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October 10, 2012

2012 Nobel Prize in Chemistry for Work on Cell Receptors

2012 Nobel Prize in Chemistry for Work on Cell ReceptorsThe 2012 Nobel prize in chemistry has been awarded to Robert Lefkowitz of the Howard Hughes Medical Institute and Duke University in Durham, US, and Brian Kobilka of Stanford University, US, for "studies of G-protein coupled receptors" (GPCRs). Such receptors let body cells sense and respond to outside signals such as light, danger, odor or the flavor of food. "GPCRs mediate most of the physiologic responses to hormones and neurotransmitters", Kobilka told ChemPhysChem. "They are also fascinating membrane proteins from a basic science perspective. We hope that our research will translate into safer and more effective therapeutics."

Each cell in the body has tiny receptors that enable it to sense its environment, so that it can adapt to new situations. However, for many years, it remained unclear how the cells could "communicate" with the outside world. Scientists knew that hormones, such as adrenalin, had powerful effects on the body –and they suspected that cell surfaces should contain some kind of recipient for these hormones– but they didn't know exactly what they looked like or how they acted. Thanks to the work of Lefkowitz and Kobilka, we now know what these receptors are, how they are built and how they act. "They work as a gateway to the cell," Lefkowitz told a news conference in Stockholm by phone. "As a result they are crucial... to regulate almost every known physiological process with humans."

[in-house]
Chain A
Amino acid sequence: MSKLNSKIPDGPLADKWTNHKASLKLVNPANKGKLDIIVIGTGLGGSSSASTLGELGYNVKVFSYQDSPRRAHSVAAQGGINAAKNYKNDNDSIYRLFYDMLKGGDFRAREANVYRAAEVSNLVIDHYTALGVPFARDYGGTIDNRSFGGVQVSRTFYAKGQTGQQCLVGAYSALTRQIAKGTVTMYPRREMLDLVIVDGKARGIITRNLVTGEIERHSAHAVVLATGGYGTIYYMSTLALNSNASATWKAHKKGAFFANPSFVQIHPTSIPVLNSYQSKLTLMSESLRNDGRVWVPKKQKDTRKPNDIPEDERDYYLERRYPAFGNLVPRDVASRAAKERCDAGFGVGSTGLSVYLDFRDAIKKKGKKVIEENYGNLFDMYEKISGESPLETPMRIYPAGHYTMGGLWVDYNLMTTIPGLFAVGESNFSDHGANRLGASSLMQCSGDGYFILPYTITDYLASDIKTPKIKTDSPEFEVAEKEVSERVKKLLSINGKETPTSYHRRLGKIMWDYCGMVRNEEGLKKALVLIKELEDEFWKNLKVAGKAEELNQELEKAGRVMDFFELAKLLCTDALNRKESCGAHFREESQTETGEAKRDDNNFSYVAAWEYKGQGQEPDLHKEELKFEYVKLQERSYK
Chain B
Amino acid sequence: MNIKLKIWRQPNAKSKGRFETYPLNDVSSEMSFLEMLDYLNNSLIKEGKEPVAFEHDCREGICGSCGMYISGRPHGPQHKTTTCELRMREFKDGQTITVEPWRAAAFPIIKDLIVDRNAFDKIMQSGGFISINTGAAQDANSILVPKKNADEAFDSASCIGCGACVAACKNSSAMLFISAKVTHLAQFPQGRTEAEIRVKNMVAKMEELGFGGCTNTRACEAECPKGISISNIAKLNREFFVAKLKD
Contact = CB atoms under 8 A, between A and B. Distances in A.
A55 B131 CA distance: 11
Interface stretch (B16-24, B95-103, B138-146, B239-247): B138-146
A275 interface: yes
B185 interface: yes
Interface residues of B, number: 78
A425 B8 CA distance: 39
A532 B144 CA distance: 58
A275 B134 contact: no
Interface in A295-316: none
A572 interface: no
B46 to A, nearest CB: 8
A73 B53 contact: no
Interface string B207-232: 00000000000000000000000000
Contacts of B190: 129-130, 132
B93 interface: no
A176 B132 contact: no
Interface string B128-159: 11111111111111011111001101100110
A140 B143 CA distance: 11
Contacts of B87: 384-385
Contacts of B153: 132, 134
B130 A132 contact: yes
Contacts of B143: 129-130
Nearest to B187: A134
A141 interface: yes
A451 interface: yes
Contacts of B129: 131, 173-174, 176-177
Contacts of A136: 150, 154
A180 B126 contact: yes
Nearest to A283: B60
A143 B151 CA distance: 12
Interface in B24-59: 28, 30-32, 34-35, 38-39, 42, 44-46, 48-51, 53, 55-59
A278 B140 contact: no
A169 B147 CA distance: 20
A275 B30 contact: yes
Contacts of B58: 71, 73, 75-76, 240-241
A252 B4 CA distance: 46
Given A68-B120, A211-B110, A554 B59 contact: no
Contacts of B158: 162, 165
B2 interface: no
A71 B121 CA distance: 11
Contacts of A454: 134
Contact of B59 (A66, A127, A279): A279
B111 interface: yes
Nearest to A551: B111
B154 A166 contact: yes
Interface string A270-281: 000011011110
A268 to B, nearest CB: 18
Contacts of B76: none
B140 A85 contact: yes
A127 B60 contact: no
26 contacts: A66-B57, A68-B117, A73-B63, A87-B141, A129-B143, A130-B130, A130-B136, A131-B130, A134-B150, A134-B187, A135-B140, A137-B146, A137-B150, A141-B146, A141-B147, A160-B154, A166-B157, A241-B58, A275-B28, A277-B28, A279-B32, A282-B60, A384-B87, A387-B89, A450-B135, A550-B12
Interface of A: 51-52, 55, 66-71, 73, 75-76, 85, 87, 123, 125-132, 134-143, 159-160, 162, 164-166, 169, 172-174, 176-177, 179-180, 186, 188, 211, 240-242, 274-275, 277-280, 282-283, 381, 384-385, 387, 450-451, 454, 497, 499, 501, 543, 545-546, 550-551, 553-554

There are many known GPCRs in the human body. Some of them allow us to distinguish between different smells and flavors, others regulate important biological processes, and others control our body's reaction to hormones and neurotransmitters such as adrenalin, histamine, dopamine or serotonin.

Using radioactivity, Lefkowitz managed to unveil several receptors in 1968, including the receptor for adrenaline. With these first results, he and his team started to understand how such receptors work. In the 1980s, shortly after Kobilka had joined Lefkowitz' group, the US researchers made a second important discovery: They found that there is a whole family of receptors that look alike and function in the same manner –a family that is now called G-protein-coupled receptors.

In 2011, Kobilka achieved another breakthrough when his team captured an image of the receptor for adrenaline at the moment when it was being activated by a hormone and was sending a signal into the cell. "This image is a molecular masterpiece –the result of decades of research", said the Royal Swedish Academy of Sciences in a press release.

The studies carried out by Lefkowitz and Kobilka are key for developing better drugs, and the 2012 Nobel Prize in Chemistry is a well-deserved recognition for the two scientists. "I'm very happy and honored to be sharing the prize with Professor Lefkowitz", Kobilka said. About 50% of all medications (including beta blockers and antihistamines) act on these receptors so learning about them will be of great help in pharmaceutics and medicinal chemistry.

Image: Nobel Medal (© ® The Nobel Foundation). Source and further information at www.nobelprize.org. Read a related article in ChemistryViews.

Kira Welter

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